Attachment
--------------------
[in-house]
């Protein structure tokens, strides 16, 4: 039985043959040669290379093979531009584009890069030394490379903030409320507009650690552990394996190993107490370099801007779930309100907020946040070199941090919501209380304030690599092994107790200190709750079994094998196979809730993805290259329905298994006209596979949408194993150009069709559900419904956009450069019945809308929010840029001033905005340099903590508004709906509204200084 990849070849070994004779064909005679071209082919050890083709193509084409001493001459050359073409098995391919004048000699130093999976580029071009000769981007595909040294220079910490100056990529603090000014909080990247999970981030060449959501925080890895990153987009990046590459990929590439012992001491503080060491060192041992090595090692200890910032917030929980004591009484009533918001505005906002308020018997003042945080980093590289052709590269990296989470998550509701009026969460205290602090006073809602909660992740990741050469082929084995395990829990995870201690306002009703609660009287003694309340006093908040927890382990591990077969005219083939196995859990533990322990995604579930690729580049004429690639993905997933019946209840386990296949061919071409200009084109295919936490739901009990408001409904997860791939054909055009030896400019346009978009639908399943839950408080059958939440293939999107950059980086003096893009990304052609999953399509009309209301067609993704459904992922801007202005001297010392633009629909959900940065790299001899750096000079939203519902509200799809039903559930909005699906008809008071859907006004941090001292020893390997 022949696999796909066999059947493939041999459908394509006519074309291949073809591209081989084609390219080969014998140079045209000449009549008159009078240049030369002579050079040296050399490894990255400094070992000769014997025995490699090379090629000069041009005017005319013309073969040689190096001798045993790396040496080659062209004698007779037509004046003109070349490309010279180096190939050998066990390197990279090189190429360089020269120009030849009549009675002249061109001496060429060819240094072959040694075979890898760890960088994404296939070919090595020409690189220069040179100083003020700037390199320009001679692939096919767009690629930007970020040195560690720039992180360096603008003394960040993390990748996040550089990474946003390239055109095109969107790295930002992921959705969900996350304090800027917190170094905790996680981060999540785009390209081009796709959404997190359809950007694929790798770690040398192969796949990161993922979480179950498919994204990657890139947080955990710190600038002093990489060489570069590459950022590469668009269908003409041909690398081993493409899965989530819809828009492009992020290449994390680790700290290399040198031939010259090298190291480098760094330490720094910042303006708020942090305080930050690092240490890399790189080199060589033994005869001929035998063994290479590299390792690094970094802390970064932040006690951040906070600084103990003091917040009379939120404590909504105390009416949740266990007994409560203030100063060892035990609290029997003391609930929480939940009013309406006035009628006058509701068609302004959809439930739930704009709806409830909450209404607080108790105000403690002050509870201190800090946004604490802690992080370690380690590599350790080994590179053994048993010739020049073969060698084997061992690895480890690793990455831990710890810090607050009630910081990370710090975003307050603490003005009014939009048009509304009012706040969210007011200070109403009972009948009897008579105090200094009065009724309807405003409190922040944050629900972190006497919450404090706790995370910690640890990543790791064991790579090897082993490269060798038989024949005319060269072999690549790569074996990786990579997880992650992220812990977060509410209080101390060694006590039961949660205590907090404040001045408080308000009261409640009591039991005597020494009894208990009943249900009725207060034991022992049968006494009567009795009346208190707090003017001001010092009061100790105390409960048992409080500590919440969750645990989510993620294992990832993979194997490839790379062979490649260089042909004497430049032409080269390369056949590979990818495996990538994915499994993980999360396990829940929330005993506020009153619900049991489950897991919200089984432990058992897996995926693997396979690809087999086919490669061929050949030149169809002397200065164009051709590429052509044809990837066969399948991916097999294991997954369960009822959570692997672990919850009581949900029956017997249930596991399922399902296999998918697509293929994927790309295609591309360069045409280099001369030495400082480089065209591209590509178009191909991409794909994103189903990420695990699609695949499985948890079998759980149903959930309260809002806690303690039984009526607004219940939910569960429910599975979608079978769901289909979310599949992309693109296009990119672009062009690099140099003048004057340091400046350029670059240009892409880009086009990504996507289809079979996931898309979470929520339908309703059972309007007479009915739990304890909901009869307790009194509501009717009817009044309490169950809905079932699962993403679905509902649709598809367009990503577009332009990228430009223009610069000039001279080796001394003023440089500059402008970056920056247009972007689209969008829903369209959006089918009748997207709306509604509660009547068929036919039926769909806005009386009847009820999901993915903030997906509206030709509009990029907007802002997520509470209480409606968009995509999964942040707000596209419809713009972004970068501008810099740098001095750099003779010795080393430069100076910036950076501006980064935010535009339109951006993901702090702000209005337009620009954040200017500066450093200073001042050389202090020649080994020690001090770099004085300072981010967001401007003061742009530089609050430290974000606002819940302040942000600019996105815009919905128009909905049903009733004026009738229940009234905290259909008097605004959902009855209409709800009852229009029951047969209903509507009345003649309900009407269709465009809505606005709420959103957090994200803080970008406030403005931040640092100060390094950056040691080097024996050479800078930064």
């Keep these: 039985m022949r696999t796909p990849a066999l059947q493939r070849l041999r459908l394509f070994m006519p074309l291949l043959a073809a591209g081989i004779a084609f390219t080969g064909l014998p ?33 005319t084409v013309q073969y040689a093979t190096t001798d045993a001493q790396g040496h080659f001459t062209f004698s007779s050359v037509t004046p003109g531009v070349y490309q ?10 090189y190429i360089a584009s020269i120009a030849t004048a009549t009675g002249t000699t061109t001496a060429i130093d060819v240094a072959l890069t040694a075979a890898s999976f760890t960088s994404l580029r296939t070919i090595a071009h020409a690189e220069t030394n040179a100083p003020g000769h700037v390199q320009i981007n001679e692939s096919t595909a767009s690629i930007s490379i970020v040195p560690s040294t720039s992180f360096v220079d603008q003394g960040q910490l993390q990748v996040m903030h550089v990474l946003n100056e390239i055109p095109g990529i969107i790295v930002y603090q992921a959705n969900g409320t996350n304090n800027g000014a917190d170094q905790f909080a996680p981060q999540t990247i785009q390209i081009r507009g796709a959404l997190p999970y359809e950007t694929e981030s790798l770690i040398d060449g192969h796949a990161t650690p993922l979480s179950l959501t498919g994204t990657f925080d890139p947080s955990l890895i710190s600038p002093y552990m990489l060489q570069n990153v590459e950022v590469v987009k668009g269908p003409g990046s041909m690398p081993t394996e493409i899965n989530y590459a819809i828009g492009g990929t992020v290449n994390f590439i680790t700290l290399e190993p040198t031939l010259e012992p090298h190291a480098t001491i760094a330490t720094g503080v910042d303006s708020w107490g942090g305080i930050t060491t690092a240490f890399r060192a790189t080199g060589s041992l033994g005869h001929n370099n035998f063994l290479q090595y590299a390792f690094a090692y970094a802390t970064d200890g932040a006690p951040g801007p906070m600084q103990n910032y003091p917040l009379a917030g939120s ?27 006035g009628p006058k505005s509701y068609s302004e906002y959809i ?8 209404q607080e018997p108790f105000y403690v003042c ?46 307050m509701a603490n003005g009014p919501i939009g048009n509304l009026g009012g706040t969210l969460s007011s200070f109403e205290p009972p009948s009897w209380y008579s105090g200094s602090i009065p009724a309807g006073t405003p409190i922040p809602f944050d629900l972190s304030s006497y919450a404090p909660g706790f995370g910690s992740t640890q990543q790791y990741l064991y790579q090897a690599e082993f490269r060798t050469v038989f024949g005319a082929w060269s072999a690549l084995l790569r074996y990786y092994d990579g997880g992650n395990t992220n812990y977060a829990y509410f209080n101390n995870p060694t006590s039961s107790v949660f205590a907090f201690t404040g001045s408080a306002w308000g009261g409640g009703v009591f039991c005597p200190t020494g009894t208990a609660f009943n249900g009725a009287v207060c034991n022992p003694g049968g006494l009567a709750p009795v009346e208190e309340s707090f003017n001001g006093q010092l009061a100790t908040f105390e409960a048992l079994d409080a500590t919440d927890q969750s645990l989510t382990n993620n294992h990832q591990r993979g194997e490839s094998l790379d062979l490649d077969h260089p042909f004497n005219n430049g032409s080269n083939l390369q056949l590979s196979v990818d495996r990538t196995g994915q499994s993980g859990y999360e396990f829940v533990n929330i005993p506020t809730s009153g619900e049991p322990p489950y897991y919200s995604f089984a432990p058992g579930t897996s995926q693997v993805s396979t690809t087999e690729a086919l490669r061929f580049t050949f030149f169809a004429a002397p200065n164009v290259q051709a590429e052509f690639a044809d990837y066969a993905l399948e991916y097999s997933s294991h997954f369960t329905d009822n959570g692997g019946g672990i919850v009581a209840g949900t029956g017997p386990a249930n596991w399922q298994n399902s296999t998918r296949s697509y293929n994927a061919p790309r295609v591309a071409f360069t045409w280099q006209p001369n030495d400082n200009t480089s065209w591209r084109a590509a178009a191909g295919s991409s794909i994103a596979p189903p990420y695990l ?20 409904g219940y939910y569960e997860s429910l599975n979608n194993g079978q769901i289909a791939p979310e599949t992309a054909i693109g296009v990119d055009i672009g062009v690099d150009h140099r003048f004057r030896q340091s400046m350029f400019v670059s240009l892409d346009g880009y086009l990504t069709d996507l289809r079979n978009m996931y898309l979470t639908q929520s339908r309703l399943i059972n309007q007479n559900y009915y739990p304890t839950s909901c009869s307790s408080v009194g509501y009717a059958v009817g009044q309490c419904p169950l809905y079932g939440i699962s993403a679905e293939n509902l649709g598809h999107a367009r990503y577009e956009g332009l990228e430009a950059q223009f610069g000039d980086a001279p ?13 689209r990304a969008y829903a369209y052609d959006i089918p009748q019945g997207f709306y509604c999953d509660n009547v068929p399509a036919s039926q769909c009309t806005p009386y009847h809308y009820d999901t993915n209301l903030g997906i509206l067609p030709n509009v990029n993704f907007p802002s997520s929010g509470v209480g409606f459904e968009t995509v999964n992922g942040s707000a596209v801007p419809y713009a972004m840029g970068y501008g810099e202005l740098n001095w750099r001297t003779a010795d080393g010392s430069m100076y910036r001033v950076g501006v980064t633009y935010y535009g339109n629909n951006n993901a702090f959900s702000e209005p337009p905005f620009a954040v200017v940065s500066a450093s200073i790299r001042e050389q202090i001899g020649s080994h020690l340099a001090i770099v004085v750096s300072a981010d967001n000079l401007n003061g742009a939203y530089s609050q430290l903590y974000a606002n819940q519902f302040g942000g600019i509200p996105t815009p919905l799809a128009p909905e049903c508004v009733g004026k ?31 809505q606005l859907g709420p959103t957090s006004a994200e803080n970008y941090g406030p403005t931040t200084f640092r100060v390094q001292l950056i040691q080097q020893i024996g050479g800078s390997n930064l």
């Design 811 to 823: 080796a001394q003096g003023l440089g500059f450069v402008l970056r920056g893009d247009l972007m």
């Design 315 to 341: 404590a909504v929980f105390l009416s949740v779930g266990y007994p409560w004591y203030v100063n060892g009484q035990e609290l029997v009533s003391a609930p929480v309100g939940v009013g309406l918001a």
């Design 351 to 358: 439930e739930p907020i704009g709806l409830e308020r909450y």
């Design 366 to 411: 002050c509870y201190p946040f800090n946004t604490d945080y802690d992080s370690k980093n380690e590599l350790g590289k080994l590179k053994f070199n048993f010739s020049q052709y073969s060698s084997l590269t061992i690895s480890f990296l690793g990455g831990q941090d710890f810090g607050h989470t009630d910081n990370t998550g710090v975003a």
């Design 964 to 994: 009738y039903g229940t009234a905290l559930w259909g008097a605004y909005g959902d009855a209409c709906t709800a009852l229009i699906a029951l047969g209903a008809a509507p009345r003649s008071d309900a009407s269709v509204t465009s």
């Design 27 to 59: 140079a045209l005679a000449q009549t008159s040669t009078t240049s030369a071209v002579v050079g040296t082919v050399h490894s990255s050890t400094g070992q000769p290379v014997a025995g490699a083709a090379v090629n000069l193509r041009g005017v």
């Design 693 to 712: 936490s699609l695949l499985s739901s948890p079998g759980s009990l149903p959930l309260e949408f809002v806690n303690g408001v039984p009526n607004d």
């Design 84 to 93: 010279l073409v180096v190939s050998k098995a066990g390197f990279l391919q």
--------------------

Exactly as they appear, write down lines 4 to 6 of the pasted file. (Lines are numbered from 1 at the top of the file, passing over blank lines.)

């Design 811 to 823: 080796a001394q003096g003023l440089g500059f450069v402008l970056r920056g893009d247009l972007m």
């Design 315 to 341: 404590a909504v929980f105390l009416s949740v779930g266990y007994p409560w004591y203030v100063n060892g009484q035990e609290l029997v009533s003391a609930p929480v309100g939940v009013g309406l918001a």
């Design 351 to 358: 439930e739930p907020i704009g709806l409830e308020r909450y």